on the Time CD. How do you feel your keyboards worked with
Steves sound and can you describe some of your work involved
in the production. Also how did the Classical Ensemble play a role
in shaping the music and did you write all the classical scores? It
sounds great on the Bach piece!
PKJ: My main role as co-producer and arranger was to continue Steves
tradition of creating high-quality music while hopefully bringing
a fresh approach to content and overall sound. I didnt want
the arrangements to be too bombastic preferring instead the classical
ensemble to be an integral part of the sound. I also wanted the synth
sounds to be restrained and colorful juxtaposed with the occasional
mwe3: What was Steves mind set with these recordings and who
else was involved with the making of the Time CD? I know Steves
son Virgil contributed a track too. Can you say something about how
Virgils track was recorded? Its a pretty cool track I
must say. Steves 345 sounds amazing. Thats why I love
is a wonderful person to collaborate with and the project developed
organically over several years with new tracks being added as its
scope and range became apparent. It was really just the two of us
developing it during this period. We listened to and discussed other
musical forms and allowed ourselves the time to experiment with different
ideas. Virgils track is a really lovely piece with an expressive
electric piano solo played by Virgil himself. I had the task of taking
the original audio and rebuilding the track from its elements to the
piece you hear on the album. Its always a responsibility working
on someone elses music and hoping that you can please both yourself
and the original writer.
mwe3: Time almost sounds neoclassical in places especially
as theres covers of Bach, Vivaldi and Villa-Lobos. I was amazed
by the Bach piece here, a tribute to Andrew Pryce-Jackman. How did
that track come about?
PKJ: Steve has always loved this composition by Bach. It is a timeless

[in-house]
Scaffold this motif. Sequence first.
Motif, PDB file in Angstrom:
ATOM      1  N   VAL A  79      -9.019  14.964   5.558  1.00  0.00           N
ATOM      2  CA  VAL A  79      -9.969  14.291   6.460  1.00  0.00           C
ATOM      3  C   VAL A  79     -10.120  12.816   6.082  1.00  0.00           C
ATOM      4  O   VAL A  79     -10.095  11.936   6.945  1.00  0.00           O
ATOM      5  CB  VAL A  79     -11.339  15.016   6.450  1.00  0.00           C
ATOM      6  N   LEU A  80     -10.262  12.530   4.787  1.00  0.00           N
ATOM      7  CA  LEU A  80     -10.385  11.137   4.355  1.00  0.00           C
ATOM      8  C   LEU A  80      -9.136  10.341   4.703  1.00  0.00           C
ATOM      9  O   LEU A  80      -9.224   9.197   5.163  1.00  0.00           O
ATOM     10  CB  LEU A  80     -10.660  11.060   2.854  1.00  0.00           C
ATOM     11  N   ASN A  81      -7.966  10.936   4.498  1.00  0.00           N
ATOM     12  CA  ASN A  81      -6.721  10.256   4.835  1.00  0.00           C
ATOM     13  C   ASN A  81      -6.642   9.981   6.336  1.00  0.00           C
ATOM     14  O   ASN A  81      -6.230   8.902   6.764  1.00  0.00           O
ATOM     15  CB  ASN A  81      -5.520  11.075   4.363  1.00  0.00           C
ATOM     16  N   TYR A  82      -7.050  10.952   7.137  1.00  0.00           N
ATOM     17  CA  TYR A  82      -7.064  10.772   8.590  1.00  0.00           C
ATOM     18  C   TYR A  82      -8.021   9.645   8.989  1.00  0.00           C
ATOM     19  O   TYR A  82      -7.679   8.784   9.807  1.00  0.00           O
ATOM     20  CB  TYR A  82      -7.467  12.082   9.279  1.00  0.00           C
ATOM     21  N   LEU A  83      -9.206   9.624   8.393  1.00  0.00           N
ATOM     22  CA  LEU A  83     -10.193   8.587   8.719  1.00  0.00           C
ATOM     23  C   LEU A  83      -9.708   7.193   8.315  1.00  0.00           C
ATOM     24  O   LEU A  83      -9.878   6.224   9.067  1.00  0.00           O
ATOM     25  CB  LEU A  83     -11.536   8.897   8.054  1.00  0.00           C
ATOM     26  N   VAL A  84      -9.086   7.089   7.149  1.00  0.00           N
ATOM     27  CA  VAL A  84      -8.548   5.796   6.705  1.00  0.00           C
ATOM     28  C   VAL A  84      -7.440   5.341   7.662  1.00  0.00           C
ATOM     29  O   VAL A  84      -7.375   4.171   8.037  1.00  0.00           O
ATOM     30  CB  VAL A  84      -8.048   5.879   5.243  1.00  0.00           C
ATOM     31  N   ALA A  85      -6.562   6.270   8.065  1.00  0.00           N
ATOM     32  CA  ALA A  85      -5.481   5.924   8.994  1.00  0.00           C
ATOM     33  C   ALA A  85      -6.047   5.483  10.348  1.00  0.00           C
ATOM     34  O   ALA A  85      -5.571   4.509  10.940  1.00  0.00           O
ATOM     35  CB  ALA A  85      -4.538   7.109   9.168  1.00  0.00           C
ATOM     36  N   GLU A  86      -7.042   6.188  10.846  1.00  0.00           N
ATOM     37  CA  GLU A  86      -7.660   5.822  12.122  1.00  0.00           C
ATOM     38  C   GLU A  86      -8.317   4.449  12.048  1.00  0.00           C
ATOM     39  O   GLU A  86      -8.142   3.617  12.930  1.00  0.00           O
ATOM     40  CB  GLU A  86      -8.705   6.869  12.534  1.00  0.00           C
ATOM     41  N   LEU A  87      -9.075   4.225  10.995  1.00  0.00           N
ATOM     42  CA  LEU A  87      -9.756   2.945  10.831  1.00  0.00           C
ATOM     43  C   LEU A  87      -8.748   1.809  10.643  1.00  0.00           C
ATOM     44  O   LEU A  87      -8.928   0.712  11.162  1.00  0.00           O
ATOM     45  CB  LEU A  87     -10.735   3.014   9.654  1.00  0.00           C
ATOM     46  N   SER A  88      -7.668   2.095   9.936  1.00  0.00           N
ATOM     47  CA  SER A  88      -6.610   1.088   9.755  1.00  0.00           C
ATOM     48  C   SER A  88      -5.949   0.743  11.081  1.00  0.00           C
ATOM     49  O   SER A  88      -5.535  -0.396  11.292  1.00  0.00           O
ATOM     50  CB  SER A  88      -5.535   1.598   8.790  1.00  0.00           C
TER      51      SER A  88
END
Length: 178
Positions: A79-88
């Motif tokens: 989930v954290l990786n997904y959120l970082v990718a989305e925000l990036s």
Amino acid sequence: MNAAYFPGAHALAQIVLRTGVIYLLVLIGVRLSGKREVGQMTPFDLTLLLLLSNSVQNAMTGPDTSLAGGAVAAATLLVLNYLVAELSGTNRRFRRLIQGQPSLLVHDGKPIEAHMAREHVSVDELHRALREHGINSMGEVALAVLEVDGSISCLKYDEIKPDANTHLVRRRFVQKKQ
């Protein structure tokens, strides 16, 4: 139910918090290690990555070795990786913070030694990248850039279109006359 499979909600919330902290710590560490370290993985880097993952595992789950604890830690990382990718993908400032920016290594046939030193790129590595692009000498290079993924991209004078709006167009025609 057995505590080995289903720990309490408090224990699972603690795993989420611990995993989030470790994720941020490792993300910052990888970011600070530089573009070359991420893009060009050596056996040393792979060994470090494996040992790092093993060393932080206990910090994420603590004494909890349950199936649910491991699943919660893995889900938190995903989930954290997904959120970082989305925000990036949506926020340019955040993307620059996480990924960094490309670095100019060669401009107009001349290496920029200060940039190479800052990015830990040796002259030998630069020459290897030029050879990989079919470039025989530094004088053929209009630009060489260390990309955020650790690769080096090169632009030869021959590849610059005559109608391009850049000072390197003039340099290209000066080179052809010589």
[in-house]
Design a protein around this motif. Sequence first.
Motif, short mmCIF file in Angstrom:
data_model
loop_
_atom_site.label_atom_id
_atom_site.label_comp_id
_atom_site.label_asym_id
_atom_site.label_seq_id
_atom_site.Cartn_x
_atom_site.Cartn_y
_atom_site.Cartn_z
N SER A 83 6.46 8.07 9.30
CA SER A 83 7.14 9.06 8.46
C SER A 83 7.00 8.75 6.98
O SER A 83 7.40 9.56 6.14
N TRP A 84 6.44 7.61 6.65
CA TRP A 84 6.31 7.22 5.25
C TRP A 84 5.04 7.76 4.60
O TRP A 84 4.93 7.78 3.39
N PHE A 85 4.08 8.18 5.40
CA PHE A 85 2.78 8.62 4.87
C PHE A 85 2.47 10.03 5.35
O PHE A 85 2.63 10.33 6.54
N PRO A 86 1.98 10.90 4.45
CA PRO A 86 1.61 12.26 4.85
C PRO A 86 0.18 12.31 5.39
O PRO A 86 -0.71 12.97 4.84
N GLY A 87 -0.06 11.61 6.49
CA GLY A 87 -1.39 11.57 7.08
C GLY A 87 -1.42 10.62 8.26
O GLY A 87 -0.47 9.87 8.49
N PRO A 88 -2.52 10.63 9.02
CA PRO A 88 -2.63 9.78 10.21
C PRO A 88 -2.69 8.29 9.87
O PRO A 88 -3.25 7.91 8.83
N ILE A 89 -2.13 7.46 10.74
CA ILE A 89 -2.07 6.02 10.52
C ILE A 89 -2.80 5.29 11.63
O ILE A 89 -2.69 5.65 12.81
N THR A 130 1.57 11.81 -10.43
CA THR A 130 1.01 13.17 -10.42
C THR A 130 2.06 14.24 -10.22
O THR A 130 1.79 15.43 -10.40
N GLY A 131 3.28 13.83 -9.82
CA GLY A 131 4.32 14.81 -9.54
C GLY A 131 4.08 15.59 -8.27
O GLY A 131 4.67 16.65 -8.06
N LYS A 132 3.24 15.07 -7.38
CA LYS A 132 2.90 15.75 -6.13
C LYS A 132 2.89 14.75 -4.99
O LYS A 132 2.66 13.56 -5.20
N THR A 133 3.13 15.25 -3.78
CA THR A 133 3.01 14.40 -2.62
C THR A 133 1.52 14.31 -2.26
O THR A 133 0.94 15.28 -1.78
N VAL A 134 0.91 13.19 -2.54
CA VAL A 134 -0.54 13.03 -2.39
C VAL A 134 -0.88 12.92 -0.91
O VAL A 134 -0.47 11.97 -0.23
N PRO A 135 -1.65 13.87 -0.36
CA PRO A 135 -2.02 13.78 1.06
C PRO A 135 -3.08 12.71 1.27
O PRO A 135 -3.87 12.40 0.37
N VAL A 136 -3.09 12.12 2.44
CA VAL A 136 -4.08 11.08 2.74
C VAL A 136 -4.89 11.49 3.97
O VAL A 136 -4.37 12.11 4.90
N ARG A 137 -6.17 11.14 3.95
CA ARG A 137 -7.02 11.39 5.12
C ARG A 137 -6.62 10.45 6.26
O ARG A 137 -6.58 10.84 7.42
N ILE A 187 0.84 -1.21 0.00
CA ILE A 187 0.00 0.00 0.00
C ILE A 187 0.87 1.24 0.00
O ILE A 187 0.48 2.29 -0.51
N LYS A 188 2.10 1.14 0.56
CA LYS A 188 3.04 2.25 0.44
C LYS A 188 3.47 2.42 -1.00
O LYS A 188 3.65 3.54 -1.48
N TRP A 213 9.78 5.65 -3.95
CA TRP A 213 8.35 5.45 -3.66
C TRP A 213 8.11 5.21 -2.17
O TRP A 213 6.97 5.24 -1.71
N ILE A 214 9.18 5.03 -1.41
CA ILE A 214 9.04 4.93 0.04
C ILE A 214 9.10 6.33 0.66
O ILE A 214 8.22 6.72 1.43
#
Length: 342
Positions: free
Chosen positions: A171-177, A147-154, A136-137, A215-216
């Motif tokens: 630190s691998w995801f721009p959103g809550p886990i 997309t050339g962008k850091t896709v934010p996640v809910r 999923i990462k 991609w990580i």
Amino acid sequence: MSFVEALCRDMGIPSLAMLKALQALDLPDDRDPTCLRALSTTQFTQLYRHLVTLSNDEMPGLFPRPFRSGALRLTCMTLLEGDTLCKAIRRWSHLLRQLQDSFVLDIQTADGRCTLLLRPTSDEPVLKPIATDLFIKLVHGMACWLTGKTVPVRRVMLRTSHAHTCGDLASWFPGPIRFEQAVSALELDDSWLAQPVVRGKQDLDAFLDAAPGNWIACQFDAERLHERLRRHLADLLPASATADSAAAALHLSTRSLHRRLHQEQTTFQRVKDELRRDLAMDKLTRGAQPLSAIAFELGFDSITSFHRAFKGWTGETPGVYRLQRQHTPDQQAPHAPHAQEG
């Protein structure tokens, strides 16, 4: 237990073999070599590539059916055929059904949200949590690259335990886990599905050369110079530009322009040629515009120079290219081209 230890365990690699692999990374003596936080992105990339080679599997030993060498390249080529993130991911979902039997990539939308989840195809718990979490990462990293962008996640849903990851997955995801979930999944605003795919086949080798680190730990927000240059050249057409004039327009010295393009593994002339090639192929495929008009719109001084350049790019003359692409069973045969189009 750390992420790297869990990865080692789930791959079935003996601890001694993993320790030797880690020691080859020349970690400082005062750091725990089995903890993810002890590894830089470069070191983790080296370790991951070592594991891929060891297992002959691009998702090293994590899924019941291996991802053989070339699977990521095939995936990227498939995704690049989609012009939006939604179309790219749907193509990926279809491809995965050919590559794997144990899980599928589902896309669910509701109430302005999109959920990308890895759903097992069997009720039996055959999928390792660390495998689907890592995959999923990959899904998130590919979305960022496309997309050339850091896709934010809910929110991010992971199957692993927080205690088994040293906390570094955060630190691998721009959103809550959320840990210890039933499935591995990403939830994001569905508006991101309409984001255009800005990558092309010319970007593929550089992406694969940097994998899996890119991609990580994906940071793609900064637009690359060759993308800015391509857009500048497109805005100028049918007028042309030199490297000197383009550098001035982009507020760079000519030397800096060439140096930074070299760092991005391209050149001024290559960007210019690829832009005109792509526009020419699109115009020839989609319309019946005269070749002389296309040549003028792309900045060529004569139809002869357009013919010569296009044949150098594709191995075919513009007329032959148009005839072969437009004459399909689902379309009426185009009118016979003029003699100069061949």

melody and Steves effortless interpretation is complemented
by a rich orchestral accompaniment. This track originally featured
Steves guitar with a backing track created by Paul Sutin.
mwe3: How did you and Steve record the tracks with Paul Sutin? The
Explorer is another interesting track. How about that track?
PKJ: Several of the tracks on Time resulted from Steves
prior collaboration with Paul Sutin. These include the Bach and Vivaldi
tracks plus Apollo and The Explorer. My role
was to edit and rearrange them where necessary and create a new accompaniment
weaving orchestral sounds and synths. Ive worked hard to try
to ensure that the new arrangement does justice to the original work
whilst satisfying the concept of Time.
mwe3: Interesting to see Time came out on Warner Classics &
Jazz. How did Warner become involved and is the album coming out in
the US and elsewhere too?
PKJ: I introduced the project to an experienced industry consultant,
John Cronin here in the UK and he brokered the deal.
mwe3: Whats the plan in further promoting the Time album
and will there be any live shows to feature the album and how about
your other plans, musical and otherwise going into 2012?
PKJ: Depending on Steves Yes and Asia commitments were
hoping to squeeze in some live dates in 2012. Next year
Im continuing to develop the sci-fi film, NON-STOP and
will re-stage my version of THE
to Paul K. Joyce @ www.pkjmusic.com